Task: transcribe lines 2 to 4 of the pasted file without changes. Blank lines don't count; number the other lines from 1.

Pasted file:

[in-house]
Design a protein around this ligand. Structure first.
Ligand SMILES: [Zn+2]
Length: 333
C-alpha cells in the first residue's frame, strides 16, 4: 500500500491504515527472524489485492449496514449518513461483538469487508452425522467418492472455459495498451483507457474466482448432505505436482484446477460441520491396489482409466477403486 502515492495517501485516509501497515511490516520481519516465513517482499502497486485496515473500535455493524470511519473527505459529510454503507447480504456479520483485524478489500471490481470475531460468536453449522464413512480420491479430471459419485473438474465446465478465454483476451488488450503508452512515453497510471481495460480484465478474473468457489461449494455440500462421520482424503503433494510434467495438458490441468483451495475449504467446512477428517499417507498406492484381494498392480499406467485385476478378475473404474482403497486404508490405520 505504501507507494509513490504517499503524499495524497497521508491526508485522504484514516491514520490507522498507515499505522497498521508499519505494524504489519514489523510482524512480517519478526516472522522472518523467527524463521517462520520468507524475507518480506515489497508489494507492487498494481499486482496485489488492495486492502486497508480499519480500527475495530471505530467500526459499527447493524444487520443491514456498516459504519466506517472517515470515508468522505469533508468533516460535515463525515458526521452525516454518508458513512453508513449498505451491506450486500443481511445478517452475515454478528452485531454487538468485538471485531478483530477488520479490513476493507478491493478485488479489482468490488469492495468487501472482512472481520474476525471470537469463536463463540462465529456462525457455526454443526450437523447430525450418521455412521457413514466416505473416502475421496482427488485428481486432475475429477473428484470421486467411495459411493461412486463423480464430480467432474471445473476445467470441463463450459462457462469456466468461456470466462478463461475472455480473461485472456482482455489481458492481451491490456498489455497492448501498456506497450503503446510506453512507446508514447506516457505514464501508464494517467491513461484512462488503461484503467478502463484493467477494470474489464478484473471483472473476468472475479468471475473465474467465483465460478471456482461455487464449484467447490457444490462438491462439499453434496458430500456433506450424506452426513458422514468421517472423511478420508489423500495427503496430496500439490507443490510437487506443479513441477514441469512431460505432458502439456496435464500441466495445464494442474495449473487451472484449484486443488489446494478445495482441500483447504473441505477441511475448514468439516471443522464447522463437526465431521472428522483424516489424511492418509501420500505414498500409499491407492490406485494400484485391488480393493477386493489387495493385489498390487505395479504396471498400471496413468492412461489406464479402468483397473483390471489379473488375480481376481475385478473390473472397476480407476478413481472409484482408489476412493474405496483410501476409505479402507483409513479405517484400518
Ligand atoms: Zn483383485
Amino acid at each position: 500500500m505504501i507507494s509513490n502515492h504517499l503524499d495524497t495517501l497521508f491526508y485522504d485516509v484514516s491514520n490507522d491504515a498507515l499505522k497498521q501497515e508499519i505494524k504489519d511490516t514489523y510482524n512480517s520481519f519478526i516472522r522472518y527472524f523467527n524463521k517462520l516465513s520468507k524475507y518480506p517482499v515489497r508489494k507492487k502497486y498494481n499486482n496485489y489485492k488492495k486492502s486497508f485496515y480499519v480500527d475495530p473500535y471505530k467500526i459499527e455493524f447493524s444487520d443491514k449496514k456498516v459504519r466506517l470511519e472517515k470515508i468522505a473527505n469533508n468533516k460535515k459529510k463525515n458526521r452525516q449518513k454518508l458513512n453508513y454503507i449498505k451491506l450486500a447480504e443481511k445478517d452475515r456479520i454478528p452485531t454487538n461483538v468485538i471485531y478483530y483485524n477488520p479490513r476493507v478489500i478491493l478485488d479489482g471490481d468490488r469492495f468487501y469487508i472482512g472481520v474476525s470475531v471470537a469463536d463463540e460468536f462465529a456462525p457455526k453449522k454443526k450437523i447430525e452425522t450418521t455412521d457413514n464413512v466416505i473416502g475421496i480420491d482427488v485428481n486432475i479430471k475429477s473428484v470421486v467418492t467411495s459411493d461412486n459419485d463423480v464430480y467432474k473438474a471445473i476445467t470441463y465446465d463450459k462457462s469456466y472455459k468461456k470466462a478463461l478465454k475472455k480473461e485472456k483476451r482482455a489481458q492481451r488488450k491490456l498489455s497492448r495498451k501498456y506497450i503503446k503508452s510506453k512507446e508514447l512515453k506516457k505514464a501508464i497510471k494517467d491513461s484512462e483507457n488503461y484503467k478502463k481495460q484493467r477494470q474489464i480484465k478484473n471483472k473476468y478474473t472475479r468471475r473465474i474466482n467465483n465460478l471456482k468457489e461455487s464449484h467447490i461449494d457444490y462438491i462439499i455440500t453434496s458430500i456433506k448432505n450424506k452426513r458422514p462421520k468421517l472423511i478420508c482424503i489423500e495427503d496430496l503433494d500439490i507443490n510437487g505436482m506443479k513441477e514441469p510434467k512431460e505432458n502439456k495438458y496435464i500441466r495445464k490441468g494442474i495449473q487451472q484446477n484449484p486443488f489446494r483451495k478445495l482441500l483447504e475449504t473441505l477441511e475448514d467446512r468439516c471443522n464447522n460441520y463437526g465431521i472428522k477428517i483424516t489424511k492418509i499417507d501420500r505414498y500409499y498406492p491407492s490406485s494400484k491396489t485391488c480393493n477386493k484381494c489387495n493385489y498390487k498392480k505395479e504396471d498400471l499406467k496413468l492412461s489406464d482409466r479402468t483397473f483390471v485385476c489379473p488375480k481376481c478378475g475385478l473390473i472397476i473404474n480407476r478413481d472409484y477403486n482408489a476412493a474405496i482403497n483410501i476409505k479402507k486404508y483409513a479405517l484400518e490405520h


Design a protein around this ligand. Structure first.
Ligand SMILES: [Zn+2]
Length: 333